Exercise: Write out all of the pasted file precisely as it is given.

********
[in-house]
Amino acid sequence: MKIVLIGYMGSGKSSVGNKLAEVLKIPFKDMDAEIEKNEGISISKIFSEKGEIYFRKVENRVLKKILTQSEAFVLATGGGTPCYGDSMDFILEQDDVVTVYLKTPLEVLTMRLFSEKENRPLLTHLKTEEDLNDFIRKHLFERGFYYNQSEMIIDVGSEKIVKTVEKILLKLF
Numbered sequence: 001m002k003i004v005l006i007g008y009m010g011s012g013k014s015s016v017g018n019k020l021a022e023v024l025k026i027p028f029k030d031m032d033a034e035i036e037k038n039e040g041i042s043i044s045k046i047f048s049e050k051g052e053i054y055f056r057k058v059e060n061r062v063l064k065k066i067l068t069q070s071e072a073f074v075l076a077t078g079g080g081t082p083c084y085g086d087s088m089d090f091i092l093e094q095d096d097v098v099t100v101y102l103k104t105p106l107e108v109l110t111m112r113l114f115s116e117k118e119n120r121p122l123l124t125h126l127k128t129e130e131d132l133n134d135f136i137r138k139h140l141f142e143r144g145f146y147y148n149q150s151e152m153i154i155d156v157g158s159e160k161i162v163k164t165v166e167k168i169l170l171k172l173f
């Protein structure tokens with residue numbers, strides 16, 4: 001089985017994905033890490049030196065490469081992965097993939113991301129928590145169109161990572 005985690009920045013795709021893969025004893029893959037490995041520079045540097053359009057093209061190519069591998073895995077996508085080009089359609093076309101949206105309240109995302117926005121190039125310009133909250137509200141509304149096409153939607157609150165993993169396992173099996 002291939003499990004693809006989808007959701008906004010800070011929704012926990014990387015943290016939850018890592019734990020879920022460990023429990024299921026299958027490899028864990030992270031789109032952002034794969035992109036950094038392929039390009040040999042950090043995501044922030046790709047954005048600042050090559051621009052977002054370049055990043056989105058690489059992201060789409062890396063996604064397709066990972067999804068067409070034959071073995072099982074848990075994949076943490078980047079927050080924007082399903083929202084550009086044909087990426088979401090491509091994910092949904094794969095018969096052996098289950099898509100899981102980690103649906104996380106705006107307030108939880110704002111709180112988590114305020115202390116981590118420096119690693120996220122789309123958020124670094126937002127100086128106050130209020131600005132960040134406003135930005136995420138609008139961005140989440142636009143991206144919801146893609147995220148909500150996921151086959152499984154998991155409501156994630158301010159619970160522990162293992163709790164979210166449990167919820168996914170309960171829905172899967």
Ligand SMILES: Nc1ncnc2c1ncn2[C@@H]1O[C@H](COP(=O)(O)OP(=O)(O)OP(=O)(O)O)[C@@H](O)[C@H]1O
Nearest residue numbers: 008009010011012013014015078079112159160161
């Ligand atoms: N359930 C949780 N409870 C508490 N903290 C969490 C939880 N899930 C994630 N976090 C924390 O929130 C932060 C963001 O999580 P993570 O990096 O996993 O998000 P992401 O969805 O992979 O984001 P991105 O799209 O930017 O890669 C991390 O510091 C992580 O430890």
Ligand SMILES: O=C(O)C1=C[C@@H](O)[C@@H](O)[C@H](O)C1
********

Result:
[in-house]
Amino acid sequence: MKIVLIGYMGSGKSSVGNKLAEVLKIPFKDMDAEIEKNEGISISKIFSEKGEIYFRKVENRVLKKILTQSEAFVLATGGGTPCYGDSMDFILEQDDVVTVYLKTPLEVLTMRLFSEKENRPLLTHLKTEEDLNDFIRKHLFERGFYYNQSEMIIDVGSEKIVKTVEKILLKLF
Numbered sequence: 001m002k003i004v005l006i007g008y009m010g011s012g013k014s015s016v017g018n019k020l021a022e023v024l025k026i027p028f029k030d031m032d033a034e035i036e037k038n039e040g041i042s043i044s045k046i047f048s049e050k051g052e053i054y055f056r057k058v059e060n061r062v063l064k065k066i067l068t069q070s071e072a073f074v075l076a077t078g079g080g081t082p083c084y085g086d087s088m089d090f091i092l093e094q095d096d097v098v099t100v101y102l103k104t105p106l107e108v109l110t111m112r113l114f115s116e117k118e119n120r121p122l123l124t125h126l127k128t129e130e131d132l133n134d135f136i137r138k139h140l141f142e143r144g145f146y147y148n149q150s151e152m153i154i155d156v157g158s159e160k161i162v163k164t165v166e167k168i169l170l171k172l173f
């Protein structure tokens with residue numbers, strides 16, 4: 001089985017994905033890490049030196065490469081992965097993939113991301129928590145169109161990572 005985690009920045013795709021893969025004893029893959037490995041520079045540097053359009057093209061190519069591998073895995077996508085080009089359609093076309101949206105309240109995302117926005121190039125310009133909250137509200141509304149096409153939607157609150165993993169396992173099996 002291939003499990004693809006989808007959701008906004010800070011929704012926990014990387015943290016939850018890592019734990020879920022460990023429990024299921026299958027490899028864990030992270031789109032952002034794969035992109036950094038392929039390009040040999042950090043995501044922030046790709047954005048600042050090559051621009052977002054370049055990043056989105058690489059992201060789409062890396063996604064397709066990972067999804068067409070034959071073995072099982074848990075994949076943490078980047079927050080924007082399903083929202084550009086044909087990426088979401090491509091994910092949904094794969095018969096052996098289950099898509100899981102980690103649906104996380106705006107307030108939880110704002111709180112988590114305020115202390116981590118420096119690693120996220122789309123958020124670094126937002127100086128106050130209020131600005132960040134406003135930005136995420138609008139961005140989440142636009143991206144919801146893609147995220148909500150996921151086959152499984154998991155409501156994630158301010159619970160522990162293992163709790164979210166449990167919820168996914170309960171829905172899967």
Ligand SMILES: Nc1ncnc2c1ncn2[C@@H]1O[C@H](COP(=O)(O)OP(=O)(O)OP(=O)(O)O)[C@@H](O)[C@H]1O
Nearest residue numbers: 008009010011012013014015078079112159160161
């Ligand atoms: N359930 C949780 N409870 C508490 N903290 C969490 C939880 N899930 C994630 N976090 C924390 O929130 C932060 C963001 O999580 P993570 O990096 O996993 O998000 P992401 O969805 O992979 O984001 P991105 O799209 O930017 O890669 C991390 O510091 C992580 O430890």
Ligand SMILES: O=C(O)C1=C[C@@H](O)[C@@H](O)[C@H](O)C1